Through the centuries, this passion gave rise to the enduring tale of a city of gold. In the 16th and 17th centuries, Europeans believed that somewhere in the New World there was a place of immense wealth known as El Dorado. Their searches for this treasure wasted countless lives, drove at least one man to suicide, and put another man under the executioner’s ax.
The origins of El Dorado lie deep in South America. And like all enduring legends, the tale of El Dorado contains some scraps of truth. When Spanish explorers reached South America in the early 16th century, they heard stories about a tribe of natives high in the Andes mountains in what is now Colombia.
When a new chieftain rose to power, his rule began with a ceremony at Lake Guatavita. Accounts of the ceremony vary, but they consistently say the new ruler was covered with gold dust, and that gold and precious jewels were thrown into the lake to appease a god that lived underwater.
The Spaniards started calling this golden chief El Dorado, “the gilded one.” The Spaniards and other Europeans had found so much gold among the natives along the continent’s northern coast that they believed there had to be a place of great wealth somewhere in the interior.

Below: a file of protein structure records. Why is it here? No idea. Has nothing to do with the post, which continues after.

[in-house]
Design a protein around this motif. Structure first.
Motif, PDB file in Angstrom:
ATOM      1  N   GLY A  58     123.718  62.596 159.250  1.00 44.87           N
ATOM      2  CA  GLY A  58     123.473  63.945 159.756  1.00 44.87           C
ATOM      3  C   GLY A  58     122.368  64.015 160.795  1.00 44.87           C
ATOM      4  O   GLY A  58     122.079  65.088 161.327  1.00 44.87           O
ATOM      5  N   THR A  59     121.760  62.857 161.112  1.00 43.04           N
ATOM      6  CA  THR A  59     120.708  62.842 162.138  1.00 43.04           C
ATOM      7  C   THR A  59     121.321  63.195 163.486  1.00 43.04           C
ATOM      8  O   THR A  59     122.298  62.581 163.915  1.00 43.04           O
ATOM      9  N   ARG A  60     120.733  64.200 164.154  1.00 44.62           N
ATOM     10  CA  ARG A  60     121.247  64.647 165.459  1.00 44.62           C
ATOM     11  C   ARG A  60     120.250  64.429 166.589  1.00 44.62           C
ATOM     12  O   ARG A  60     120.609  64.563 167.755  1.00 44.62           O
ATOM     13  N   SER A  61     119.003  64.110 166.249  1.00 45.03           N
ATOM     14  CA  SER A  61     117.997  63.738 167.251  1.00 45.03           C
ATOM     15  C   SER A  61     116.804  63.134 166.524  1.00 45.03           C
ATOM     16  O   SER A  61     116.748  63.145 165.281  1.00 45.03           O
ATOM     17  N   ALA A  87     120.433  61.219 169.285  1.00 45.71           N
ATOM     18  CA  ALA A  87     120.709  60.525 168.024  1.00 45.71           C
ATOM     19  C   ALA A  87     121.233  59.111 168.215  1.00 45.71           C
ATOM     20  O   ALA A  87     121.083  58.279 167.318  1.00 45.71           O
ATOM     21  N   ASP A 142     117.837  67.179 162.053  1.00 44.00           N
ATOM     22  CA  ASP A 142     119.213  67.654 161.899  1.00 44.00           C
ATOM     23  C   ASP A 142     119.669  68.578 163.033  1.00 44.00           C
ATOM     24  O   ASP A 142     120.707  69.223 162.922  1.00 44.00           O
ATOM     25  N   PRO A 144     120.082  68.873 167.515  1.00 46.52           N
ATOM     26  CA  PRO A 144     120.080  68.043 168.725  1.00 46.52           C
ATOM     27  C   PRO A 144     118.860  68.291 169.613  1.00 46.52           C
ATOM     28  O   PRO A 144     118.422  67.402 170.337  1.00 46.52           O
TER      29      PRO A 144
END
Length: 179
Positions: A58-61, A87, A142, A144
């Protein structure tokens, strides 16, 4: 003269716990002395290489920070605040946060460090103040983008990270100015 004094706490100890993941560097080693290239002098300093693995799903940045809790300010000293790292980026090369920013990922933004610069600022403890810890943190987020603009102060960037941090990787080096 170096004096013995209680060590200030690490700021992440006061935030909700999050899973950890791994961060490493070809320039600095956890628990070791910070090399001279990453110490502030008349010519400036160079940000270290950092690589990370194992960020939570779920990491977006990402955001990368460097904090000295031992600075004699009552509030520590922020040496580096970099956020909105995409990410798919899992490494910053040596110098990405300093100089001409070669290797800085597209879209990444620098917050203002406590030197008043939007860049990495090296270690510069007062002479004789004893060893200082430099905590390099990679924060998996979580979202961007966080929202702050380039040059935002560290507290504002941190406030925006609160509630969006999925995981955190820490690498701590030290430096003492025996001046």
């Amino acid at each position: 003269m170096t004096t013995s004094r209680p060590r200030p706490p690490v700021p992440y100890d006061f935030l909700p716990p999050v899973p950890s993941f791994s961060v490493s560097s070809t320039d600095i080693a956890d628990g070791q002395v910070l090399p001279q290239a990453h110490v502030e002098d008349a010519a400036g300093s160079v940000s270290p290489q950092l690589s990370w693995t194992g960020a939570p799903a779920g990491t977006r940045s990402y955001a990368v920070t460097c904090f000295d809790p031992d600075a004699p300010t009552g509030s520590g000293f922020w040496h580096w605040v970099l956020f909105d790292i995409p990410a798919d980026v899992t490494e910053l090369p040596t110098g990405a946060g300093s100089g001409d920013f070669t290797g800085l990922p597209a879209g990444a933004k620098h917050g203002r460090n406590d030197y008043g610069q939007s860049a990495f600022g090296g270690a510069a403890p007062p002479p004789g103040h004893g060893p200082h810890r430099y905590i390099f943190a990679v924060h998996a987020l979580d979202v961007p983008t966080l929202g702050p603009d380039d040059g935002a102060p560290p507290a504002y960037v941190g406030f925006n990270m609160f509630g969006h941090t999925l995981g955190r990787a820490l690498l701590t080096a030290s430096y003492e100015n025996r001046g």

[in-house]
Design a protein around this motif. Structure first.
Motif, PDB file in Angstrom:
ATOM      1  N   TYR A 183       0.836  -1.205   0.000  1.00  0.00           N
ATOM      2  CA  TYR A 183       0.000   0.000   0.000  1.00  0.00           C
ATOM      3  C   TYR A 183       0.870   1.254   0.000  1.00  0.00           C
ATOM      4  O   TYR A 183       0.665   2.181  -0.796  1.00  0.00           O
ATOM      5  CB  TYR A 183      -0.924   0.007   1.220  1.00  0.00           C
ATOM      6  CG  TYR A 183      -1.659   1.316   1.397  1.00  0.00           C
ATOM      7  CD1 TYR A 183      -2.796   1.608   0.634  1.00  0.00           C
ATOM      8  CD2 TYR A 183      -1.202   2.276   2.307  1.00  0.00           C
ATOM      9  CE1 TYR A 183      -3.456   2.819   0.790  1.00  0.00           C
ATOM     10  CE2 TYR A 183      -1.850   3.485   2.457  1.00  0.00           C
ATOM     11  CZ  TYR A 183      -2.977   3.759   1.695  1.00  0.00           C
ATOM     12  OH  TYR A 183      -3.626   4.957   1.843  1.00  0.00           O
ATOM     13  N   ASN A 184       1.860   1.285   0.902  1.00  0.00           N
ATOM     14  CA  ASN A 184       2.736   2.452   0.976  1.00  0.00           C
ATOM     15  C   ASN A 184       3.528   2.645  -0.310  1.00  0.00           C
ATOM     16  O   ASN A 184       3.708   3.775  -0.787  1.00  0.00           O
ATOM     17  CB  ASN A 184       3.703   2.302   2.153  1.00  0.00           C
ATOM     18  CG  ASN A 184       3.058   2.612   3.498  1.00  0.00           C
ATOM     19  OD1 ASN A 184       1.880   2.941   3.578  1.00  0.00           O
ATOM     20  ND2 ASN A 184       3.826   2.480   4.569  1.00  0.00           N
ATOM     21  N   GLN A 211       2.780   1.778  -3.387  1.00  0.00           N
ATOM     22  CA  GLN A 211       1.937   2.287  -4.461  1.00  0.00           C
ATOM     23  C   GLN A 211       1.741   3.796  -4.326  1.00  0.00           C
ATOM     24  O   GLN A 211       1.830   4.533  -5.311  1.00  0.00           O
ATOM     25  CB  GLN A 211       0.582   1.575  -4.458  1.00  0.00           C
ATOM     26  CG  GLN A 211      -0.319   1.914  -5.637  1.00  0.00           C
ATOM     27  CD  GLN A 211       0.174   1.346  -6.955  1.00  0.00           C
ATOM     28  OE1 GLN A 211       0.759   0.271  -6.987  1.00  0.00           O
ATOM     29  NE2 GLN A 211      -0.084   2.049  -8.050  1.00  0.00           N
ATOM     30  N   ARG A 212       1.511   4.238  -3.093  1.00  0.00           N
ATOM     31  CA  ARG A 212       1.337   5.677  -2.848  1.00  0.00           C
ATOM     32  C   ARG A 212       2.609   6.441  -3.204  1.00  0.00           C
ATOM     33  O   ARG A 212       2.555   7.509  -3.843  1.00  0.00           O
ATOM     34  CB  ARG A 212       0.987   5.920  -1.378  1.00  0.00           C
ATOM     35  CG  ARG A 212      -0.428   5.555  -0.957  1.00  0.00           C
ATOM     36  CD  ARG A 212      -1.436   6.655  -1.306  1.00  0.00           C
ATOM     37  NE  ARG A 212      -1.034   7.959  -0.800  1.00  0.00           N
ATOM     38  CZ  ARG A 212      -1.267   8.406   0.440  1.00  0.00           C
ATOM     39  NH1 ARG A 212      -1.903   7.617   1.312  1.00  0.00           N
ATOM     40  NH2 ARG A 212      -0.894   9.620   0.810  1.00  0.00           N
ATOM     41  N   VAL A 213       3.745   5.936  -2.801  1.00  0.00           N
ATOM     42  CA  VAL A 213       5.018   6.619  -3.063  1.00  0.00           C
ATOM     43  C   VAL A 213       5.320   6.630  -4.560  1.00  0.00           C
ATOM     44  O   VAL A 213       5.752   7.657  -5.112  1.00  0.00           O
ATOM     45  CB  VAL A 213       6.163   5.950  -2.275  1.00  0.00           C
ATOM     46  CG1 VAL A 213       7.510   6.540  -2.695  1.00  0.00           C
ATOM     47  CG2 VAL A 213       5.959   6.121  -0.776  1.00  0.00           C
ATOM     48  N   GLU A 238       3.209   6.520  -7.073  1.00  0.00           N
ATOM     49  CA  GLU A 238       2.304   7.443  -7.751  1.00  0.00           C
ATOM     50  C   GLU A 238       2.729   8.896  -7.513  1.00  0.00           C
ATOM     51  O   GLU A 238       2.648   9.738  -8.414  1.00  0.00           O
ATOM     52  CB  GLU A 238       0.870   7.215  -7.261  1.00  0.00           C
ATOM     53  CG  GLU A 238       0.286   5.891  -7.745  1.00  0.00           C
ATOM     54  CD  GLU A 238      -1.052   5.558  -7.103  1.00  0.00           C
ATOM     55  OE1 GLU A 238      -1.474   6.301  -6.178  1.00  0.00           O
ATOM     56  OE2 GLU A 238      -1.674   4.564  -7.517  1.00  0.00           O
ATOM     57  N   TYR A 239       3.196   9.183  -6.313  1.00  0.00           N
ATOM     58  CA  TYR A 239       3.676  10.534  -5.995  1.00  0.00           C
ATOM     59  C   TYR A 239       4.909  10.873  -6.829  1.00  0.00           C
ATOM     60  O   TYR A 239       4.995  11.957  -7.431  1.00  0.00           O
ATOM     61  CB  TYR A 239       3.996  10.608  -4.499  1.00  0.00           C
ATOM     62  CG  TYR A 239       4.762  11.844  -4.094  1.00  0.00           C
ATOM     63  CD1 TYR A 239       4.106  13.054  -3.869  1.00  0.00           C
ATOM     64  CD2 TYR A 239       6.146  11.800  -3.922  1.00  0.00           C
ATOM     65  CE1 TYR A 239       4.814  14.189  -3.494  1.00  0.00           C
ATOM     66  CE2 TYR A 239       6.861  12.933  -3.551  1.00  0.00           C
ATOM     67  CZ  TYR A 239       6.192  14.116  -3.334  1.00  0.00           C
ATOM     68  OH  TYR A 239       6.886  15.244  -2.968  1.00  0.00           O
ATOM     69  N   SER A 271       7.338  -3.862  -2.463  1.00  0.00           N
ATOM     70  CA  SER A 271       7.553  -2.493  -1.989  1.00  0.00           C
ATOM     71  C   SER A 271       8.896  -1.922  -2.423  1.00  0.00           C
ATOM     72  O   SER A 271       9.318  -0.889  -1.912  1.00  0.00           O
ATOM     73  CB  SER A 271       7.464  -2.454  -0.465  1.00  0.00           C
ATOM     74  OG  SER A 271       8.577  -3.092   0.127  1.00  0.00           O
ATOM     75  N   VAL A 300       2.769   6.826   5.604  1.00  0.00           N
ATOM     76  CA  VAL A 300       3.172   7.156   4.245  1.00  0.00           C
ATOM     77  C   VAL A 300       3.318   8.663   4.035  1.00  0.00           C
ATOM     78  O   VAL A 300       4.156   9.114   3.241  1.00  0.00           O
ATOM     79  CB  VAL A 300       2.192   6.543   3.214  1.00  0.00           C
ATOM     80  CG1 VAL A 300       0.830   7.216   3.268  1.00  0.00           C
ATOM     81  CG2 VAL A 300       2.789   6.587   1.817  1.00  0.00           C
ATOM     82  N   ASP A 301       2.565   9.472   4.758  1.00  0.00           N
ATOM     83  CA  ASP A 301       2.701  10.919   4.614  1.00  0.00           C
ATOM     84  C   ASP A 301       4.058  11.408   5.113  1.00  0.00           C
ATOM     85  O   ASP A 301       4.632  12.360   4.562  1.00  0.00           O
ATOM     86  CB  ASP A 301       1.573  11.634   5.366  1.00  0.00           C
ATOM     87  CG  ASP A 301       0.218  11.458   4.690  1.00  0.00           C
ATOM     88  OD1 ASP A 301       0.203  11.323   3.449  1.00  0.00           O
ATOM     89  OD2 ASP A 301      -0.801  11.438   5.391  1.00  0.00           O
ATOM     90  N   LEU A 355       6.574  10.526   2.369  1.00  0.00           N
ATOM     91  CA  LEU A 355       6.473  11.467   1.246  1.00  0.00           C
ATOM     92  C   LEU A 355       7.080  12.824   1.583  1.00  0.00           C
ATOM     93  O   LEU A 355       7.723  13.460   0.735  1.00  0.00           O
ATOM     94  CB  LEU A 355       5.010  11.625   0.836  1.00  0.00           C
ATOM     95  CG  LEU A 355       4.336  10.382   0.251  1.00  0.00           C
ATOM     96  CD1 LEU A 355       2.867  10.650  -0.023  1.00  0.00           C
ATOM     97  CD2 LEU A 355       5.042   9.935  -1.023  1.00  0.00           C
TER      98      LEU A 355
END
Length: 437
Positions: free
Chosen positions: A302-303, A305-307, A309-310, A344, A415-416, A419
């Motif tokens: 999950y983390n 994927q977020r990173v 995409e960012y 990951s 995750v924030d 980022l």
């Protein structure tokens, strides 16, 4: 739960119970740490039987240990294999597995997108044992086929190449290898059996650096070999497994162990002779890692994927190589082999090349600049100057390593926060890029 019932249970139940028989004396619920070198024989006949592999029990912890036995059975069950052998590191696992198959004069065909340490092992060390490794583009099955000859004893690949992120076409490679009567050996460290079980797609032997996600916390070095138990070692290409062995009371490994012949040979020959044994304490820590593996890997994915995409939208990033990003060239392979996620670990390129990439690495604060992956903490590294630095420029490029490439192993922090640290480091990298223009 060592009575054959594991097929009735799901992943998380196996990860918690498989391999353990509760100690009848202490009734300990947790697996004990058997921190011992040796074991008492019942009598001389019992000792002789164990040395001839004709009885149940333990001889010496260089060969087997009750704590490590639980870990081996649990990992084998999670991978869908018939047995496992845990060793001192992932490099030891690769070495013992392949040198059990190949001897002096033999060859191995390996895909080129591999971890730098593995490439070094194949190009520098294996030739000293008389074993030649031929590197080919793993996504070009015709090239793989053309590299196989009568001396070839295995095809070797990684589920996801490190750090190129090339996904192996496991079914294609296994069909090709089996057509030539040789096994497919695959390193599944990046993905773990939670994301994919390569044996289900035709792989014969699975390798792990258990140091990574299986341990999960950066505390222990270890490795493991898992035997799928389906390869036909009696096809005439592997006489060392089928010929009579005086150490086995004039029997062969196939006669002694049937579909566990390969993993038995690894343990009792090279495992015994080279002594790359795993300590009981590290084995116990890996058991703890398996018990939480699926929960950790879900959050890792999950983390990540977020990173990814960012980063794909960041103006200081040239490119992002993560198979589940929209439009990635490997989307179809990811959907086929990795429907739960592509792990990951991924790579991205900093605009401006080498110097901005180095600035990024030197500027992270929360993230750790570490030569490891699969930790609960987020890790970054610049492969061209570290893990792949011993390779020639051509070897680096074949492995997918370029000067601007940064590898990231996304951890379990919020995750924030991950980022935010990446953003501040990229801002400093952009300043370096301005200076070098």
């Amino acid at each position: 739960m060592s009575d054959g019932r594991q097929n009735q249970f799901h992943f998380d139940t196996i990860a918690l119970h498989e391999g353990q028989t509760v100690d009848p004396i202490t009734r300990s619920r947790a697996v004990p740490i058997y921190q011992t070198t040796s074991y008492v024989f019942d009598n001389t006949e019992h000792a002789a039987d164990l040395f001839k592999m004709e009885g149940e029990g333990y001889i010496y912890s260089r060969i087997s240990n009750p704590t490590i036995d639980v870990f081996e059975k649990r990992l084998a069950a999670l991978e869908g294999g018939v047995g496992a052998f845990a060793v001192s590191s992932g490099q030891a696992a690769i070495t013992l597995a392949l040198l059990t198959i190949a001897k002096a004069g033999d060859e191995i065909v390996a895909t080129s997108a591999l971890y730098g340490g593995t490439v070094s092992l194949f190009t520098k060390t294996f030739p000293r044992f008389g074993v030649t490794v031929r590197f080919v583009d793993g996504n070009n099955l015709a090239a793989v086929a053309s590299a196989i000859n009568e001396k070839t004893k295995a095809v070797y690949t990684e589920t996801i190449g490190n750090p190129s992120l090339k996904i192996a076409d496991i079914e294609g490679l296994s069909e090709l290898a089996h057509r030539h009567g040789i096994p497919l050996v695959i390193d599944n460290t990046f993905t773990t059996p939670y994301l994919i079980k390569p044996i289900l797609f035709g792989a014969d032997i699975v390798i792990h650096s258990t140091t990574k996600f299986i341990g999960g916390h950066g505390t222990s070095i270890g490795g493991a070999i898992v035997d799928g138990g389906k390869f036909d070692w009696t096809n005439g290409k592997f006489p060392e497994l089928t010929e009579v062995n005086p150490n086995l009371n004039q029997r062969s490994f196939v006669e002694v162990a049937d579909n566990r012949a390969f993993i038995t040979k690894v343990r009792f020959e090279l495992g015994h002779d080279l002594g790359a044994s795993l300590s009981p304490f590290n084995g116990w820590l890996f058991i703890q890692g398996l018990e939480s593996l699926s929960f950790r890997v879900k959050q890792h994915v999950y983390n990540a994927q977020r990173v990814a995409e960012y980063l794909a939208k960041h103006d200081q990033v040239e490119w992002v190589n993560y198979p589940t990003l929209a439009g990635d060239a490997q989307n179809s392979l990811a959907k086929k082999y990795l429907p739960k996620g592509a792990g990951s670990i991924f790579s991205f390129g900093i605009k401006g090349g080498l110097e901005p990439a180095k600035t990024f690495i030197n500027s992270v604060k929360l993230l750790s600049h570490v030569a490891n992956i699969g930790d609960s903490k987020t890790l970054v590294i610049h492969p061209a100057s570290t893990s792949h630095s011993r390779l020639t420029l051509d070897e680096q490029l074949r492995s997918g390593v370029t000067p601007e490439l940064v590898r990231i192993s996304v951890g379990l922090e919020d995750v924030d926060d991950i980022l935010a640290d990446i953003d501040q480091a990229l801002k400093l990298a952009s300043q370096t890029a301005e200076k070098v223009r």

The Spaniards didn’t find El Dorado, but they did find Lake Guatavita and tried to drain it in 1545. They lowered its level enough to find hundreds of pieces of gold along the lake’s edge. But the presumed fabulous treasure in the deeper water was beyond their reach.
English courtier Sir Walter Raleigh made two trips to search for El Dorado. During his second trip in 1617, he sent his son, Watt Raleigh, with an expedition up the Orinoco River. But Walter Raleigh, then an old man, stayed behind at a base camp on the island of Trinidad. The expedition was a disaster, and Watt Raleigh was killed in a battle with Spaniards. Walter Raleigh was furious at the survivor who informed him of Watt’s death and accused the survivor of letting his son be killed. After the confrontation with Raleigh, the man committed suicide.
Raleigh returned to England, where King James ordered him beheaded for, among other things, disobeying orders to avoid conflict with the Spanish.
Here’s a map to put some geography in perspective:
By the way, it’s about 1,000 miles from Trinidad to Guatavita Lake . . .
Here’s a little about Sir Walter Raleigh (from Wiki):
Sir Walter Raleigh (circa 1554 – 29 October 1618) was an English landed gentleman, writer, poet, soldier, politician, courtier, spy, and explorer. He is also well known for popularizing tobacco in England.
Raleigh was instrumental in the English colonization of North America and was granted a royal patent to explore Virginia, which paved the way for future English settlements.